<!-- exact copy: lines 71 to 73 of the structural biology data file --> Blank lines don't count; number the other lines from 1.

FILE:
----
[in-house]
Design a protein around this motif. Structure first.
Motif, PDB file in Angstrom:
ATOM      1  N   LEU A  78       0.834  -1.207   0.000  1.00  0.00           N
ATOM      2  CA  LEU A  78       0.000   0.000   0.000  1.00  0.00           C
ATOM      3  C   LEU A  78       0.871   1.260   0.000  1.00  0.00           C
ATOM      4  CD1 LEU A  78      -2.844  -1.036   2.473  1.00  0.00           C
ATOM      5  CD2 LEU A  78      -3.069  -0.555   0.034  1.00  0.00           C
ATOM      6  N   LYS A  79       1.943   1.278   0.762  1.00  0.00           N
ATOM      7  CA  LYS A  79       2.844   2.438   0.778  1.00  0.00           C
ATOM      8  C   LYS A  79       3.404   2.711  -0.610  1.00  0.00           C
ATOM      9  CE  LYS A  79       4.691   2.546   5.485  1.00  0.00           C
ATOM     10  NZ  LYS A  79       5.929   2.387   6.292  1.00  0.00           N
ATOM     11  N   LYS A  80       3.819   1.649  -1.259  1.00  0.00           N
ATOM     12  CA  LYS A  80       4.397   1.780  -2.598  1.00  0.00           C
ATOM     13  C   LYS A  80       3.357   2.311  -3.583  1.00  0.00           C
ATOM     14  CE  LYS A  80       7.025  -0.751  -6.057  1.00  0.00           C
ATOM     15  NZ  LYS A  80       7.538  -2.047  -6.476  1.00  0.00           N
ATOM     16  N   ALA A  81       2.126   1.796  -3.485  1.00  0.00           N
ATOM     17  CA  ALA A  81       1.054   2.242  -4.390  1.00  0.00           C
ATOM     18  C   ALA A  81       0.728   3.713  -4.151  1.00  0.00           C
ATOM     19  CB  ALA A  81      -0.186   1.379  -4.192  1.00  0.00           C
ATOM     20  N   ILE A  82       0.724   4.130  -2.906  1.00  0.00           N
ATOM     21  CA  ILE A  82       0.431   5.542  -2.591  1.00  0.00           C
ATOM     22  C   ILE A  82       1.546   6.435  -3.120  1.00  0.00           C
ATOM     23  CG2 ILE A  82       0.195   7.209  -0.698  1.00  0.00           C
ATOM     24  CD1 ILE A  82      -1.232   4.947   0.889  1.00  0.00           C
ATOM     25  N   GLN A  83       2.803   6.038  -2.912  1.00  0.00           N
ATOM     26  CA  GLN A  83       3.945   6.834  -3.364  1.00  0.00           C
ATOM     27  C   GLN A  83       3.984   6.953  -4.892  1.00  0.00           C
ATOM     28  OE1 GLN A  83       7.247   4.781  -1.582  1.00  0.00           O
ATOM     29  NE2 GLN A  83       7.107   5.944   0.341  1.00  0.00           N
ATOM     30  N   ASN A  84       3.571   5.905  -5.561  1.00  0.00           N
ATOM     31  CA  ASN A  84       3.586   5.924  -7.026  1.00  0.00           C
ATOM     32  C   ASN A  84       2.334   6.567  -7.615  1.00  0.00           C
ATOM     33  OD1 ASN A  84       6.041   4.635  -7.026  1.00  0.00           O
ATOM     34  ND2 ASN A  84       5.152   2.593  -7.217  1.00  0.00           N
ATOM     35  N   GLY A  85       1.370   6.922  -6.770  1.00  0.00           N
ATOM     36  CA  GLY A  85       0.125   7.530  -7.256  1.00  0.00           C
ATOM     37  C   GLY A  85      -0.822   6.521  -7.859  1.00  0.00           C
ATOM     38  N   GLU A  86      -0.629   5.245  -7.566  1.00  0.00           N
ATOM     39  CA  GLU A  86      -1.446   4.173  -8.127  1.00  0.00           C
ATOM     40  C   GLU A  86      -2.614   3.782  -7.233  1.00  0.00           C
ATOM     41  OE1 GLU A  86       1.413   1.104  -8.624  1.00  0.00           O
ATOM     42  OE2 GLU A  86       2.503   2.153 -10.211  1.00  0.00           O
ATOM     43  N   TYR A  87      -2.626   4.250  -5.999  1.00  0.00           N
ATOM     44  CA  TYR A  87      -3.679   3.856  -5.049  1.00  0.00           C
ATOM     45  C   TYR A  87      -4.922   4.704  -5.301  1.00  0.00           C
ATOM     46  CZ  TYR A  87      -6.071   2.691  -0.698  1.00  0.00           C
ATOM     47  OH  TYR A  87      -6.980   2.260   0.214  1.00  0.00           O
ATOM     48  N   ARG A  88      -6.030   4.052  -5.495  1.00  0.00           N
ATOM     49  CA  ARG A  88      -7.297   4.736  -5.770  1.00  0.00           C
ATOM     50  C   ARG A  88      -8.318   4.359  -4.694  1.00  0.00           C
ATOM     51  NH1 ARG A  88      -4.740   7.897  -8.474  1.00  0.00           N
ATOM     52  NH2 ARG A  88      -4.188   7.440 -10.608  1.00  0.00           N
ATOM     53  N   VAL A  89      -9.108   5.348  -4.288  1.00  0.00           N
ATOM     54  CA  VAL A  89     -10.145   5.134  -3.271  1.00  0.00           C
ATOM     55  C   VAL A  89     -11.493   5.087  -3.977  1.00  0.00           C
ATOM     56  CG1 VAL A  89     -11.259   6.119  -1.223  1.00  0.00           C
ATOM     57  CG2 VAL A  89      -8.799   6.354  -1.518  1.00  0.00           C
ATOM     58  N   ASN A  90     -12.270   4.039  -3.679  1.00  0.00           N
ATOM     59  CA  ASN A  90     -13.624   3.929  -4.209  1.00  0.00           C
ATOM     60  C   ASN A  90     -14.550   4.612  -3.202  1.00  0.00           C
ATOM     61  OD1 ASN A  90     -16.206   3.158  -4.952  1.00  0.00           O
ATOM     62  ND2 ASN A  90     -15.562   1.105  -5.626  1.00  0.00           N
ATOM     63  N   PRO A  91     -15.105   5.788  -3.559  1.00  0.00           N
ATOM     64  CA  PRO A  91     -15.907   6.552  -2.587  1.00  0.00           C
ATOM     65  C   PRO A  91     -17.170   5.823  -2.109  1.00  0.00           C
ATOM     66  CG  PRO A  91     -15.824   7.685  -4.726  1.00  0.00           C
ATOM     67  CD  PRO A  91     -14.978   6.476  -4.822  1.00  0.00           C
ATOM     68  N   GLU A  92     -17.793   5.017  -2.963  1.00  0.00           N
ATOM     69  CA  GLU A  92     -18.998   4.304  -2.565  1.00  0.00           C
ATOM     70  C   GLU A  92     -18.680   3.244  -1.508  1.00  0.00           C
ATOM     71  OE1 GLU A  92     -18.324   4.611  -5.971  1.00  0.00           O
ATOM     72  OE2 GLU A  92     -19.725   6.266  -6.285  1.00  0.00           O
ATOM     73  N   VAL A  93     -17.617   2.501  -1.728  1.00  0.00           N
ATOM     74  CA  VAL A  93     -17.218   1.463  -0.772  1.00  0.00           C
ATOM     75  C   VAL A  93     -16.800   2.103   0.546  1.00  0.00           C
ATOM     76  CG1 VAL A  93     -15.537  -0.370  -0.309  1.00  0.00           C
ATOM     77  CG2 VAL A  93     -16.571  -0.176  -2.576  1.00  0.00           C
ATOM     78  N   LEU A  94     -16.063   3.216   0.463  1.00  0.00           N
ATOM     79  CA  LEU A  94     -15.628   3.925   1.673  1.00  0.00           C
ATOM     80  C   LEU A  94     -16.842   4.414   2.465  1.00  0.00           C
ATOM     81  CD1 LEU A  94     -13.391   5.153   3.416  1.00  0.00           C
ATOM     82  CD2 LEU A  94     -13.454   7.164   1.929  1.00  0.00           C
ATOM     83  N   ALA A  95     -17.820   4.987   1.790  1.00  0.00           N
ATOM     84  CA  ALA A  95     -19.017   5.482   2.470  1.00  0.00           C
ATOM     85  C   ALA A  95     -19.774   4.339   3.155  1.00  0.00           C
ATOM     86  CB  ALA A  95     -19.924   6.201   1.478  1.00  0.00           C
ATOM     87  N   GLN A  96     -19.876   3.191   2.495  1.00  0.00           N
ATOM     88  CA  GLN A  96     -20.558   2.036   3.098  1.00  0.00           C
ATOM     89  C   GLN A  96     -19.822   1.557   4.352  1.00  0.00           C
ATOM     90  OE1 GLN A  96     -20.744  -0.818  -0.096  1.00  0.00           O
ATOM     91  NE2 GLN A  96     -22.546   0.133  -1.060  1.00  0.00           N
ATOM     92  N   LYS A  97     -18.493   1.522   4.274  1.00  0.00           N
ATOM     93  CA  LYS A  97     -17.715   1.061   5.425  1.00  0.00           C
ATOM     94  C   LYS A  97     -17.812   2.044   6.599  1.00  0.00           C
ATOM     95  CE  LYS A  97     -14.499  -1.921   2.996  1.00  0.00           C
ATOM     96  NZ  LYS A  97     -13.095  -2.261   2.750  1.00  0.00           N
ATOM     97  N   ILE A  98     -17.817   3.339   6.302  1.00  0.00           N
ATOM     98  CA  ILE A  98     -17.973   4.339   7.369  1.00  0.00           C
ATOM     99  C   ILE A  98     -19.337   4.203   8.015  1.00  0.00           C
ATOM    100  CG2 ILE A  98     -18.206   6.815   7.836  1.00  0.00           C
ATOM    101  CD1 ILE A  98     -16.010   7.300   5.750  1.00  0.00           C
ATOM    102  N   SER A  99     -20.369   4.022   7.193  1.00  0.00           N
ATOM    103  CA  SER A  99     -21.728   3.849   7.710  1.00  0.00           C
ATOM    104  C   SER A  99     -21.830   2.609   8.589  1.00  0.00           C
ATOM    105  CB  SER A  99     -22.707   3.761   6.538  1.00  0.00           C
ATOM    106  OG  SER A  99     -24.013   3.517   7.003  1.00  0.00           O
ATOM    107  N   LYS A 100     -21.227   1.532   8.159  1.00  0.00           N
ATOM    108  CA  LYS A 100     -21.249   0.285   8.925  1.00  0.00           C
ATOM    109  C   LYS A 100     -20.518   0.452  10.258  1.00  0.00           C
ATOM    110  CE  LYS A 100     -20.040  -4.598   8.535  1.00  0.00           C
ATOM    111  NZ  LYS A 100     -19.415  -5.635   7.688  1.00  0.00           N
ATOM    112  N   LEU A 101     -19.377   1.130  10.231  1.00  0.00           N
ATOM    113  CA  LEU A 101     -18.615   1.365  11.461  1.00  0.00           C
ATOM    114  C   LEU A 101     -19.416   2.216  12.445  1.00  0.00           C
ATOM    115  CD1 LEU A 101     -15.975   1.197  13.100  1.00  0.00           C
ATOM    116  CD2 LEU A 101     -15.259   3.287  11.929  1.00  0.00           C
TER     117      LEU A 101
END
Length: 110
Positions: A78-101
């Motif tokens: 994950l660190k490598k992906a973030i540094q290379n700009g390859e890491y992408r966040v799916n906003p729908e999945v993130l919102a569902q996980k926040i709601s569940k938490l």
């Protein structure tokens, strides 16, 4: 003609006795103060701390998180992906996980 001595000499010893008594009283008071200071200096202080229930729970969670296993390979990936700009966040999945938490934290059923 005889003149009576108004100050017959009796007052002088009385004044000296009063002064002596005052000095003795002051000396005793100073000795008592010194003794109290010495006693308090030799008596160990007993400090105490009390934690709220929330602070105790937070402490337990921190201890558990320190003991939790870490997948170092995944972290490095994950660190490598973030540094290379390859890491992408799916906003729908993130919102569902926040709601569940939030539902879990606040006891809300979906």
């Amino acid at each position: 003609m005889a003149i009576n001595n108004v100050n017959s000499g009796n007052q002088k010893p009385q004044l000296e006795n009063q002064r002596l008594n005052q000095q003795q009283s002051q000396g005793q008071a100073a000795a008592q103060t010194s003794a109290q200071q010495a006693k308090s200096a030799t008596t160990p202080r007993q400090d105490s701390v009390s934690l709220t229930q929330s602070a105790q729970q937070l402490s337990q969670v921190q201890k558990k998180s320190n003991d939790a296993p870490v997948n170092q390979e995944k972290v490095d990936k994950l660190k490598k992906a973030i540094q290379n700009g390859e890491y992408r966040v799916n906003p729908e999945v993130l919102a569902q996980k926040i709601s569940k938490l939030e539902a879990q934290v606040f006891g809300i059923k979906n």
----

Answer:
ATOM     68  N   GLU A  92     -17.793   5.017  -2.963  1.00  0.00           N
ATOM     69  CA  GLU A  92     -18.998   4.304  -2.565  1.00  0.00           C
ATOM     70  C   GLU A  92     -18.680   3.244  -1.508  1.00  0.00           C